Thursday – September 12, 2013
We departed the Stillwater Campground near Grand Lake, Colorado at 11:05 a.m. It rained here all night, but fortunately, we are in the high country, west of Boulder, Colorado and not affected by the rain. Unfortunately, Boulder has been devastated with flooding from the amount rain they are receiving from a converging low-pressure front from the west and a high-pressure front from the south. These two fronts are expected to continue producing significant amounts of rain through Sunday.
Our route today took us south on US-34 to west on US-40 to south on CO-9 into Frisco, Colorado. Our journey was comprised of scenic mountains and valleys, a beautiful blue sky with patches of puffy white clouds, gently floating through the blue space above, and areas of massive storm clouds unleashing a torrent of rain at the mountain peaks and a light rain in the valleys. It is quite interesting to observe as the mountains create these various weather conditions.
We arrived at the Heaton Bay Campground in Frisco, Colorado at 1:00 p.m. during a fairly heavy rainfall. Within 20 minutes, the rainy weather cleared out and patches of blue sky let the sun shine through in between the puffy white clouds floating by. This campground is one of many located within the White River National Forest. There are 81 campsites within this campground, 11 of which have electric and water hookups and 13 of which are tent only sites. We were fortunate to find the one, non-electric campsite that was still available. All of the other electric and non-electric sites were either occupied or had a reserve sign on them. We gratefully settled into campsite #2 and promptly relaxed in our recliner camping chairs to enjoy the scenic mountain vistas surrounding our campground.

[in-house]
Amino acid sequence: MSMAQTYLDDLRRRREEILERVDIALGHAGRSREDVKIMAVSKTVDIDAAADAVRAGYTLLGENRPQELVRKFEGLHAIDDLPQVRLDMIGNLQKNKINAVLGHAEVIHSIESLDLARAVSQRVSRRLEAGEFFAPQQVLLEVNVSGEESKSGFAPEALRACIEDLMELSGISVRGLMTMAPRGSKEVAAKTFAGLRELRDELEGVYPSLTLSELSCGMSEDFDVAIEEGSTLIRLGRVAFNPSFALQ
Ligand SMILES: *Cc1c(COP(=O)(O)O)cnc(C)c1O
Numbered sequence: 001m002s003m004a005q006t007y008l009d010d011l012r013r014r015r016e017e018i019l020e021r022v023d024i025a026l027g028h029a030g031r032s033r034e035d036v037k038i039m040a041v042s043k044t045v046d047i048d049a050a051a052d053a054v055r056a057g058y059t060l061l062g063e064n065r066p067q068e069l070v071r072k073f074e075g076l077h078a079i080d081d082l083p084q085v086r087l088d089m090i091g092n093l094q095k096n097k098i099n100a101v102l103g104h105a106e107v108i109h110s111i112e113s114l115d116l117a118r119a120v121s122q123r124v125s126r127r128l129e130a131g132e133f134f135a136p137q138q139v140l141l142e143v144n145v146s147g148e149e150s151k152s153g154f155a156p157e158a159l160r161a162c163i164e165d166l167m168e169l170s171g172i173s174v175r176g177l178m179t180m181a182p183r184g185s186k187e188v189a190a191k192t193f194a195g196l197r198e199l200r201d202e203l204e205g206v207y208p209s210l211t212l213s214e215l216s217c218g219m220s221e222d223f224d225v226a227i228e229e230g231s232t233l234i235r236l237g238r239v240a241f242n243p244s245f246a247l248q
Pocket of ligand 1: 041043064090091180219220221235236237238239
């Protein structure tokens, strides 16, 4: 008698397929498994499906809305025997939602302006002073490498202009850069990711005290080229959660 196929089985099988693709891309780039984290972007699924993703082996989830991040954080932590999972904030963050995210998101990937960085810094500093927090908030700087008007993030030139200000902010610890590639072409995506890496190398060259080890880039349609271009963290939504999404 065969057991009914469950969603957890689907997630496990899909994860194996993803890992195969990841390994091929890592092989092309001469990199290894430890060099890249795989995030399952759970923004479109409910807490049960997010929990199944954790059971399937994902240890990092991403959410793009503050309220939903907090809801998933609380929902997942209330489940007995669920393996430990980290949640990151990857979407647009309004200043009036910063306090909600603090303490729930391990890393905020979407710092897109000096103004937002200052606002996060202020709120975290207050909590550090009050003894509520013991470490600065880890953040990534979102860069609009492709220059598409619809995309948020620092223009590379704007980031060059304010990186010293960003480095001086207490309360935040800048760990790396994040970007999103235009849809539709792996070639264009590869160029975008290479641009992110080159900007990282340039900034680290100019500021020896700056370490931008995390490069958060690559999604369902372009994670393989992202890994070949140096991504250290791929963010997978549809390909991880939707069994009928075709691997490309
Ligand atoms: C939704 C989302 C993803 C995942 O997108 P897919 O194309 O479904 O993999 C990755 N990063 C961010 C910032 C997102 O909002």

Loop A: Non-Electric, Sites 1 – 9, RV or Tent
Loop B: Non-Electric, Sites 10 – 26, RV or Tent
Loop C: Electric & Water Hookups, Sites 27 – 43. RV Only
Loop D: Non-Electric, Sites 44 – 56, Tent Only
Loop E: Non-Electric, Sites 58 – 81, RV or Tent
Heaton Bay Campground is situated at an elevation of 9,000 feet in the White River National Forest. There is little or no shade in the campground due to pine beetle infestation and the removal of hazard trees, but the sites offer open views to Dillon Reservoir and several mountain ranges. Vault toilet facilities are available and drinking water is available. There is no dump station within the campground. RV’s can dump their tanks, for a fee, at the Breckenridge Water Treatment Facility located on Swan Mountain Road. The dumping fee is based on the honor system, $5.00 for small tanks and $10.00 for large tanks.
Internet access through our T-Mobile service provider is excellent. This is a welcome bonus to have access to the Internet within the confines of our trailer. During our visit to the Rocky Mountain National Park we had to travel eight miles to a visitor center to access the Internet, via their free WiFi service.
We will spend five days here using Frisco as our home base. Frisco is located nine miles north of Breckenridge. During the 1980’s and 1990’s we spent many winter vacations skiing the mountains of Breckenridge and the nearby mountains of Copper, Keystone and Vail. This is the first time that we have visited these areas in the summer and we are looking forward to the adventure ahead.
Electric Sites: $24.00
Non-Electric Sites: $19.00
Golden Age Pass holders receive a 50% discount.
Total miles traveled today: 80
Tomorrow another adventure begins.